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'Shrek,' 'The Boss Baby,' and more: The 10 best DreamWorks Animation movies
With DreamWorks Animation's The Bad Guys now in theaters, we revisit some of the studio's best movies.
For a while, it was fashionable to unfavorably compare DreamWorks Animation to Pixar. While Pixar made ambitious movies about complex topics set in unique worlds, DreamWorks just made animals do human things and make the arched-eyebrow “DreamWorks Face,” or so the criticism went. But, while it is true that several characters… do indeed make that face, dumping on DreamWorks says more about the person doing the diss than DreamWorks Animation, which has — and frankly always has — made lots of great movies.
The Bad Guys, the latest DreamWorks Animation film, is a slick kiddie crime flick featuring a gang of animal bank robbers. And it opened this weekend to generally good reviews. It’s too soon for us to say if The Bad Guys will break into the canon of DreamWorks’ best, but it’s a good chance to celebrate some of the studio’s finest films.
We’re going to attempt to mix things up a little bit here and not put more than one film from a franchise on this list for the sake of variety, otherwise certain franchises would dominate the top 10. And, that would probably bump Shrek off the list, but c’mon. Additionally, Chicken Run and Wallace and Gromit: The Curse of the Were-Rabbit are both fantastic but since they were only released by DreamWorks Animation and not produced by the studio, they’re ineligible.
10. Antz (1998)
DreamWorks Animations' first film is dated both in terms of its CGI which doesn’t look great even by 1998’s standards and because of its origins. The movie also may have been a direct, intentional rip-off of Disney’s A Bug's Life, due to the feud between DreamWorks co-founder (and former Disney guy) Jeffrey Katzenberg and then-Pixar head John Lasseter. Add to that Woody Allen in a starring voice role, with all the controversy that entails, and Antz is no picnic. If you’re able to look past that, though, you’ve got to admire Antz for being weirdly intense in how it told a story about society, socialism, and somewhat grounded insect behavior. Also, the termites are scary and that battle scene is pretty messed up for a children’s movie.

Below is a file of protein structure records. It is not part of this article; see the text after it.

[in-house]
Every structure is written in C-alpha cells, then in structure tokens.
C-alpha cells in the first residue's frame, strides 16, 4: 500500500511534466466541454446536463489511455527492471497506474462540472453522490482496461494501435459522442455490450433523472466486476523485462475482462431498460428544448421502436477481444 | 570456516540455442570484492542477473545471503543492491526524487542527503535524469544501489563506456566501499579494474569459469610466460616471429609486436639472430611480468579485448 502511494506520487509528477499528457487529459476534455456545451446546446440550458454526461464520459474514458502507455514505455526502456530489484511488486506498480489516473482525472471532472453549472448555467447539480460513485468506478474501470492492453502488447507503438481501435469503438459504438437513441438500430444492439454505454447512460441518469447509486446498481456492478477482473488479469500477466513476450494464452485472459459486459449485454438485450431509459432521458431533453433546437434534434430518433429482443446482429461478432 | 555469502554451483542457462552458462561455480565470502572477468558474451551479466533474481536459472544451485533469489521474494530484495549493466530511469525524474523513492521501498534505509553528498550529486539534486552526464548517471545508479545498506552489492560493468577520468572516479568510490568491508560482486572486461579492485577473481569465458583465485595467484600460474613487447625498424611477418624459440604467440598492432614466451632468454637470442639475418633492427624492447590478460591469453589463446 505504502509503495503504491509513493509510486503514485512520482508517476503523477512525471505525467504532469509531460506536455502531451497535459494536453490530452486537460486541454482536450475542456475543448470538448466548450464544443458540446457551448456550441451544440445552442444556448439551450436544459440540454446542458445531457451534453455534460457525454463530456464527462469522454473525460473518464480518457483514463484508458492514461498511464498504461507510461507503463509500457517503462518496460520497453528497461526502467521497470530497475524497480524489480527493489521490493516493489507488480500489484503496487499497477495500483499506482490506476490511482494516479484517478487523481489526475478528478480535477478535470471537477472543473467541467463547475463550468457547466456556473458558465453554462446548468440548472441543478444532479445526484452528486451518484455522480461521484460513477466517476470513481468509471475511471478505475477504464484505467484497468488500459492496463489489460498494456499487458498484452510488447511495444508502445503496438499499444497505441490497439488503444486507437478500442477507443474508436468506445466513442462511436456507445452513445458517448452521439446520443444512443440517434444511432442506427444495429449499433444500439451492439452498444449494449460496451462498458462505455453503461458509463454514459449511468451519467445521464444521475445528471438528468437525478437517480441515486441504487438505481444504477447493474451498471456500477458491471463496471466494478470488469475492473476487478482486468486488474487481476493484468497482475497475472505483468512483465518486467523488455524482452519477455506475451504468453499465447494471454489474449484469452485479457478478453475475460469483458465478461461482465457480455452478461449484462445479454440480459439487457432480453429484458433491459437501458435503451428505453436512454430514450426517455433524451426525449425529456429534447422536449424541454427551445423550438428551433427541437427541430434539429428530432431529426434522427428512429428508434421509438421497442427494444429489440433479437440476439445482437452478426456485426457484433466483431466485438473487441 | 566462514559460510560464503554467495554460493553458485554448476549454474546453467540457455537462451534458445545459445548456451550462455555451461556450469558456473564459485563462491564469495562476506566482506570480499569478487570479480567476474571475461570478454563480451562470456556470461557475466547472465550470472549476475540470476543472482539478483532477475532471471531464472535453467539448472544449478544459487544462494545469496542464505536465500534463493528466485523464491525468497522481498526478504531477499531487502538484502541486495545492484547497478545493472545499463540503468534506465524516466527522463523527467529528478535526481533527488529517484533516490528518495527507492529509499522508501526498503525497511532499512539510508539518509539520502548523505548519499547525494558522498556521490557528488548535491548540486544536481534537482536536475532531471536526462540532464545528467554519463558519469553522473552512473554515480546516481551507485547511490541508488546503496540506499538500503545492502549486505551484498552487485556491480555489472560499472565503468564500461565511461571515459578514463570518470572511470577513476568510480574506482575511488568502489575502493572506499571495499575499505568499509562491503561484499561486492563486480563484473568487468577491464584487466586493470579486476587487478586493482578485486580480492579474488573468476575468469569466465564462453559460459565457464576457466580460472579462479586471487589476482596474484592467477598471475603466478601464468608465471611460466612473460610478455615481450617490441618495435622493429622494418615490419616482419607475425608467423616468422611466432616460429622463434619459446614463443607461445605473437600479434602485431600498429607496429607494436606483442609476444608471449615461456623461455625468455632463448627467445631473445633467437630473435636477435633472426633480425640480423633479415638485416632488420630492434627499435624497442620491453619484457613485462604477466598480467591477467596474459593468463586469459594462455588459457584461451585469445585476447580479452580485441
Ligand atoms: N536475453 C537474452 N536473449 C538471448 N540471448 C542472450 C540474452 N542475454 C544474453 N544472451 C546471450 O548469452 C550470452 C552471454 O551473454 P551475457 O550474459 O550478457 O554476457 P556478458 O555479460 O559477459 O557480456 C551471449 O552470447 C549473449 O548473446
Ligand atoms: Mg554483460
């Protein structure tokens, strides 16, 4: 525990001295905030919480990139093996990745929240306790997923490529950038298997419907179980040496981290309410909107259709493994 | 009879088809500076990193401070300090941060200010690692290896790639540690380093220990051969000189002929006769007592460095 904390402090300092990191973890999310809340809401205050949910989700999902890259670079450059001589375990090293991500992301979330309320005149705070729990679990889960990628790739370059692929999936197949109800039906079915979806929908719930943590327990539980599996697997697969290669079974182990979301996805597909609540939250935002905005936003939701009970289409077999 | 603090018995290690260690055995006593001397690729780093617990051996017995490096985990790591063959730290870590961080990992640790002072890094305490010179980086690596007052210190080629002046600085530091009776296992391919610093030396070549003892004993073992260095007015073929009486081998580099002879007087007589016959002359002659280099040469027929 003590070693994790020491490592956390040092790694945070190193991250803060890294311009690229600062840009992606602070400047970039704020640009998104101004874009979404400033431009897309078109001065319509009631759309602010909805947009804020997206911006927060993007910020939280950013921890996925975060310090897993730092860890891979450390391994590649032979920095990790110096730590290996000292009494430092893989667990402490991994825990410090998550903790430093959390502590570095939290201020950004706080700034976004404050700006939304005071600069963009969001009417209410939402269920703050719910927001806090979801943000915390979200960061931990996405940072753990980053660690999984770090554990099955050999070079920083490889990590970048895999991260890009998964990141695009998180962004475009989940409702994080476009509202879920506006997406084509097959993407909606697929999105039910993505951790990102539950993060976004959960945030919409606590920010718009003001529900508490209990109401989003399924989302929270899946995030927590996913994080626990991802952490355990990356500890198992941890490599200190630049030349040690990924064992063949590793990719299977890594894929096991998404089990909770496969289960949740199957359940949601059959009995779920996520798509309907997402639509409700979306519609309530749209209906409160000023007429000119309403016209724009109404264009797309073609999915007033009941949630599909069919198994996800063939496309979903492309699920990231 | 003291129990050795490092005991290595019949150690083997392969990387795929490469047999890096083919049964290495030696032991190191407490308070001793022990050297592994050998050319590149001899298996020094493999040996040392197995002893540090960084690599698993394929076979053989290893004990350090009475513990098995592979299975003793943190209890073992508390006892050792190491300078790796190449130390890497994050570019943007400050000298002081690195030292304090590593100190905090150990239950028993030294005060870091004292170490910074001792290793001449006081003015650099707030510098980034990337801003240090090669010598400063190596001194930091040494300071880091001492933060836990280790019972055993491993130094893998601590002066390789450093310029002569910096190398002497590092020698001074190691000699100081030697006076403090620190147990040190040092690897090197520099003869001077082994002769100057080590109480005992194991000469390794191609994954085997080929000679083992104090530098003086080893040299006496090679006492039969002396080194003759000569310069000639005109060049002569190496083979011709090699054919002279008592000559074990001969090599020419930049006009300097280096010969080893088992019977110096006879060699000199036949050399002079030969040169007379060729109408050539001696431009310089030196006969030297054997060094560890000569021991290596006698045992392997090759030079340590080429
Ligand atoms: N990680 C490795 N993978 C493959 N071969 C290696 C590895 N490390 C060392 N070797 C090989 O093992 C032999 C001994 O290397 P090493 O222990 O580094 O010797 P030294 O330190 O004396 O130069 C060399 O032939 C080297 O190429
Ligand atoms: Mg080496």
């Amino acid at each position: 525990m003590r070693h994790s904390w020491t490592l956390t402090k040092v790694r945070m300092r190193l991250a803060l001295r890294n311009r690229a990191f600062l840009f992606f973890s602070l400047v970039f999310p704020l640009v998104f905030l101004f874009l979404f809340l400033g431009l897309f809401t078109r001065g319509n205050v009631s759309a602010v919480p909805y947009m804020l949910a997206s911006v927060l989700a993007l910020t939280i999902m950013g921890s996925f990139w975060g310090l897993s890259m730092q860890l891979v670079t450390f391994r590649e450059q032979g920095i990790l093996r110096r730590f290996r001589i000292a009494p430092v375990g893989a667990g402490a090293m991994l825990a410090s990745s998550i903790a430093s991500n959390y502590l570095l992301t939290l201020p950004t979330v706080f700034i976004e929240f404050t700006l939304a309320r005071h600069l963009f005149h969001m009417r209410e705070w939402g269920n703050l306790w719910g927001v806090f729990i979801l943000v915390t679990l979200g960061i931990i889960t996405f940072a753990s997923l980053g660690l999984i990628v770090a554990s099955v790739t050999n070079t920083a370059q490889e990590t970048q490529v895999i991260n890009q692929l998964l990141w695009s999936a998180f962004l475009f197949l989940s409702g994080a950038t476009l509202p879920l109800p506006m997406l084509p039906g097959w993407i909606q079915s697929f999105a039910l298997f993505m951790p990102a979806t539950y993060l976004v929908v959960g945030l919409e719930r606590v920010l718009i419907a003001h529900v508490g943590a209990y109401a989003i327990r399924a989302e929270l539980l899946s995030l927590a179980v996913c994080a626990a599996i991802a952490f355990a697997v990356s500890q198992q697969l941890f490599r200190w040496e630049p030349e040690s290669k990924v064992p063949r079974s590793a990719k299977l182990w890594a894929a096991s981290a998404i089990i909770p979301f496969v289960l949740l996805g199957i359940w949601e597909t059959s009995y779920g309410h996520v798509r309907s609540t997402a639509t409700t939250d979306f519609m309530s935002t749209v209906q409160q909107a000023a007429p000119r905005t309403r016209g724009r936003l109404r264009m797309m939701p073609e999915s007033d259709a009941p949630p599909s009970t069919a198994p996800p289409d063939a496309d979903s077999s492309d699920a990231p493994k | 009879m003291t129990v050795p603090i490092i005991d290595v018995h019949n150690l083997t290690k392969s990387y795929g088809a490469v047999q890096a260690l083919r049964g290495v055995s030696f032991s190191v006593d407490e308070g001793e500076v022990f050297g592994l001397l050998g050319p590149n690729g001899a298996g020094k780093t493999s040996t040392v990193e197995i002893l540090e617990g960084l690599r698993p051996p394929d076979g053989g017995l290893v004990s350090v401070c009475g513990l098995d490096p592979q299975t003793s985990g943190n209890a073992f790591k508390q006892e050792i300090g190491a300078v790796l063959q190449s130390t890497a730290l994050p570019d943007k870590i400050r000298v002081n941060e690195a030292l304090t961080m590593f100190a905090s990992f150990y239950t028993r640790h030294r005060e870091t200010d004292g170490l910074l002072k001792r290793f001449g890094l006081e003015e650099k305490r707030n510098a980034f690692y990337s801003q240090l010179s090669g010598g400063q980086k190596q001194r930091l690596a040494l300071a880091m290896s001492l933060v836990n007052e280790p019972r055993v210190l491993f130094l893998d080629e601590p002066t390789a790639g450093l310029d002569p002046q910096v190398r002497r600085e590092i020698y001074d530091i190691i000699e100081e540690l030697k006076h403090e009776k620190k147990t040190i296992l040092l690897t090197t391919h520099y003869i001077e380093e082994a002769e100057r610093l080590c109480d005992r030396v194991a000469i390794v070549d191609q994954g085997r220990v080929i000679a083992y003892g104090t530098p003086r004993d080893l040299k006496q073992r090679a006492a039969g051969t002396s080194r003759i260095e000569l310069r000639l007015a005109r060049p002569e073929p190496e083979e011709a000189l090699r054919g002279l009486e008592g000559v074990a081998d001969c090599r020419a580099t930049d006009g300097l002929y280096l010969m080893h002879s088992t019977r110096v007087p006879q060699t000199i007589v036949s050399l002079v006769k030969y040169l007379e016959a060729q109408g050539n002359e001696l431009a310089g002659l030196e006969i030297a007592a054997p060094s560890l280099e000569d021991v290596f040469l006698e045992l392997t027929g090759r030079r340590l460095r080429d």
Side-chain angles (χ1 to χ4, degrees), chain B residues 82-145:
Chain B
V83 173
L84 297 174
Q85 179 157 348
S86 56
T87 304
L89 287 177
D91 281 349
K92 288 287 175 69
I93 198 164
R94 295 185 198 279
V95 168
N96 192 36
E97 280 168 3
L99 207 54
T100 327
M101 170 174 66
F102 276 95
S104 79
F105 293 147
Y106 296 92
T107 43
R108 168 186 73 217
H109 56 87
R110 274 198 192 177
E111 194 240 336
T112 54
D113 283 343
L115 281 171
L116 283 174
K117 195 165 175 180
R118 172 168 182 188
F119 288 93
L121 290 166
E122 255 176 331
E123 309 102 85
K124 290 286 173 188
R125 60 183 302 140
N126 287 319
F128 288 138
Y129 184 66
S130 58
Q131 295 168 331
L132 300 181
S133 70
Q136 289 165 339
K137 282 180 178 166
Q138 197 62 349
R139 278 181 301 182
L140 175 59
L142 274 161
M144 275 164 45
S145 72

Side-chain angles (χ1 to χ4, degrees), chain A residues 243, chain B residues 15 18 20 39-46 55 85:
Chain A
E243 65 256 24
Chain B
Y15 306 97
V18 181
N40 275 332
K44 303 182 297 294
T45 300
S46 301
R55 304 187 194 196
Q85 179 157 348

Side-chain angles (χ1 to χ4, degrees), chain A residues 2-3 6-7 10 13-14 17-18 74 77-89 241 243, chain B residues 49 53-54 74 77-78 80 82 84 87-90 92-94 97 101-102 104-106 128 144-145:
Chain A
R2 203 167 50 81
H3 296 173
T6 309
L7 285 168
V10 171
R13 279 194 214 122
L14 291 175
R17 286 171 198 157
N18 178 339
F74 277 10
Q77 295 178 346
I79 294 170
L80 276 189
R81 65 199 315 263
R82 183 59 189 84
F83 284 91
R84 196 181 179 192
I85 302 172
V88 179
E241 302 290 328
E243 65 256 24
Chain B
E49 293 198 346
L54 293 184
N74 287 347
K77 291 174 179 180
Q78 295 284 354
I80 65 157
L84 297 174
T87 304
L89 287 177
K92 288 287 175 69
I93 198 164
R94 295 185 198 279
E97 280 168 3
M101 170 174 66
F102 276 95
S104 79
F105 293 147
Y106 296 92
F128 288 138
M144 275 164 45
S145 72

Antz is extremely weird and somewhat off-putting, especially as a start to what would become a pretty traditional studio. That doesn’t necessarily make Antz good, but it certainly makes it interesting.
9. The Croods (2013)
The Flintstones billed themselves as the modern stone-age family, but that was back in the ‘60s. In the 21st Century, it’s the Croods who really represent the modern-day family with a caveman spin. The Croods doesn’t reinvent (or should that be simply “invent”) the wheel, but a kind heart and a willingness to have fun in prehistory make for a relatable and affirming family tale.
8. Monsters vs. Aliens (2009)
Old school creature features of the ‘50s and ‘60s don’t get as much love in pop culture as they deserve, but Monsters vs. Aliens does an admirable job of bringing a modern sensibility to the genre’s aesthetic.